Division. The whole is so compact that it is difficult to draw sharp lines of division. It may suffice to note our Lord’s prayer of faith, Psalms 16:1, avowal of faith in Jehovah alone, Psalms 16:2-5, the contentment of his faith in the present, Psalms 16:6-7, and the joyous confidence of his faith for the future (Psalms 16:8, 11).
The Treasury of David.
He clearly foresaw that he must die, for he speaks of his flesh resting, and of his soul in the abode of separate spirits; death was full before his face, or he would not have mentioned corruption; but such was his devout reliance upon his God, that he sang over the tomb, and rejoiced in vision of the sepulchre. He knew that the visit of his soul to Sheol, or the invisible world of disembodied spirits, would be a very short one, and that his body in a very brief space would leave the grave, uninjured by its sojourn there; all this made him say, my heart is glad, and moved his tongue, the glory of his frame, to rejoice in God, the strength of his salvation. Oh, for such holy faith in the prospect of trial and of death! It is the work of faith, not merely to create a peace which passeth all understanding, but to fill the heart full of gladness until the tongue, which, as the organ of an intelligent creature, is our glory, bursts forth in notes of harmonious praise. Faith gives us living joy, and bestows dying rest.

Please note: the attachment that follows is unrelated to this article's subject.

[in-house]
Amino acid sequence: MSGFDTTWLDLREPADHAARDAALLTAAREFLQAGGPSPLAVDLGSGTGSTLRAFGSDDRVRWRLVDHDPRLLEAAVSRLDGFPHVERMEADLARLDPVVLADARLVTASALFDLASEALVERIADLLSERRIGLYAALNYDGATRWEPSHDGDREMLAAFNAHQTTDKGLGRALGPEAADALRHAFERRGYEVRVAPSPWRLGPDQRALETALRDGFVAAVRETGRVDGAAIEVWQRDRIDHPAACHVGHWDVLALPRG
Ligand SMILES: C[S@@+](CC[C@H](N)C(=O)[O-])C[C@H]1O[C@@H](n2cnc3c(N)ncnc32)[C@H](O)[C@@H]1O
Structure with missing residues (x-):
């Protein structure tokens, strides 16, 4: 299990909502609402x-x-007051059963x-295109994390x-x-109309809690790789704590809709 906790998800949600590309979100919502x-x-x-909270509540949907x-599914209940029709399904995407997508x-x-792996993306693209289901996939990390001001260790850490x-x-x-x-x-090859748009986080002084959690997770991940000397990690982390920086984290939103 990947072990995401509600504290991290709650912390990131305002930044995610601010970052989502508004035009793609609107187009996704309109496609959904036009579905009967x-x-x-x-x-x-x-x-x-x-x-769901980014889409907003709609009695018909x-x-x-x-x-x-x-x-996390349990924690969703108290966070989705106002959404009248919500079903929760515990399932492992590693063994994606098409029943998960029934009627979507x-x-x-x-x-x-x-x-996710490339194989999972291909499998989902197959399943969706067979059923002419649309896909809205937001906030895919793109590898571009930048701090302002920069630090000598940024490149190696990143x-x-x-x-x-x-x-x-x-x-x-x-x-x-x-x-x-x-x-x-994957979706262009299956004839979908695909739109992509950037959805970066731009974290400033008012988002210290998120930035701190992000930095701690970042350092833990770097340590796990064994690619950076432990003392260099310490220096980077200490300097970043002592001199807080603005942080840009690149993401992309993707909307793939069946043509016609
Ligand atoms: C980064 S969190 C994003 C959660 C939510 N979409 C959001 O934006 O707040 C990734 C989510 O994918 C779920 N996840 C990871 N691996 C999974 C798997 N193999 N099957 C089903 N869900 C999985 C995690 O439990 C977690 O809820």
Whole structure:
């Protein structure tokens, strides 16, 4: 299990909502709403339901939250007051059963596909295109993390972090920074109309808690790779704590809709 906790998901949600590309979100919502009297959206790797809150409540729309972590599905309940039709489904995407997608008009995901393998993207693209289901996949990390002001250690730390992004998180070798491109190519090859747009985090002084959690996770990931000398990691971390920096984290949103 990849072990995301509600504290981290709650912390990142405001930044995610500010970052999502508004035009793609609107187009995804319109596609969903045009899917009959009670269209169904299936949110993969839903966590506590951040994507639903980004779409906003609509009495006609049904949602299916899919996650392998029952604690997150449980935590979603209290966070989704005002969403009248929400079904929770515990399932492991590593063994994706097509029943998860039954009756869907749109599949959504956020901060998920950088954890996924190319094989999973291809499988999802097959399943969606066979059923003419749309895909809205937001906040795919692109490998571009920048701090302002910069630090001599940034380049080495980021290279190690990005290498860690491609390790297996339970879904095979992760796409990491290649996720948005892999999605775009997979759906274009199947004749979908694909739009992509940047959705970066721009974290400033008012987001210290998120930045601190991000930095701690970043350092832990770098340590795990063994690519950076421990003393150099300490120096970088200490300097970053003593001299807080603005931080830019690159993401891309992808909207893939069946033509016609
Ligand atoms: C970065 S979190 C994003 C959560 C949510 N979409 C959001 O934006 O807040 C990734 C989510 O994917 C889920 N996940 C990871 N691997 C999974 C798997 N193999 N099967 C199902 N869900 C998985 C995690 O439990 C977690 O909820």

My flesh also shall rest in hope.
My heart is glad. Men may for a time be hearers of the gospel, men may for order’s sake pray, sing, receive the sacraments; but if it be without joy, will not that hypocrisy in time break out? Will they not begin to be weary? Nay, will they not be as ready to hear any other doctrine? Good things cannot long find entertainment in our corruptions, unless the Holy Ghost hath changed us from our old delights to conceive pleasure in these things. Richard Greenham.
My heart is glad, and my glory rejoiceth. His inward joy was not able to contain itself. We testify our pleasure on lower occasions, even at the gratification of our senses; when our ear is filled with harmonious melody, when our eye is fixed upon admirable and beauteous objects, when our smell is recreated with agreeable odours, and our taste also by the delicacy and rareness of provisions; and much more will our soul show its delight, when its faculties, that are of a more exquisite constitution, meet with things that are in all respects agreeable and pleasant to them; and in God they meet with all those: with his light our understanding is refreshed, and so is our will with his goodness and his love.—Timothy Rogers.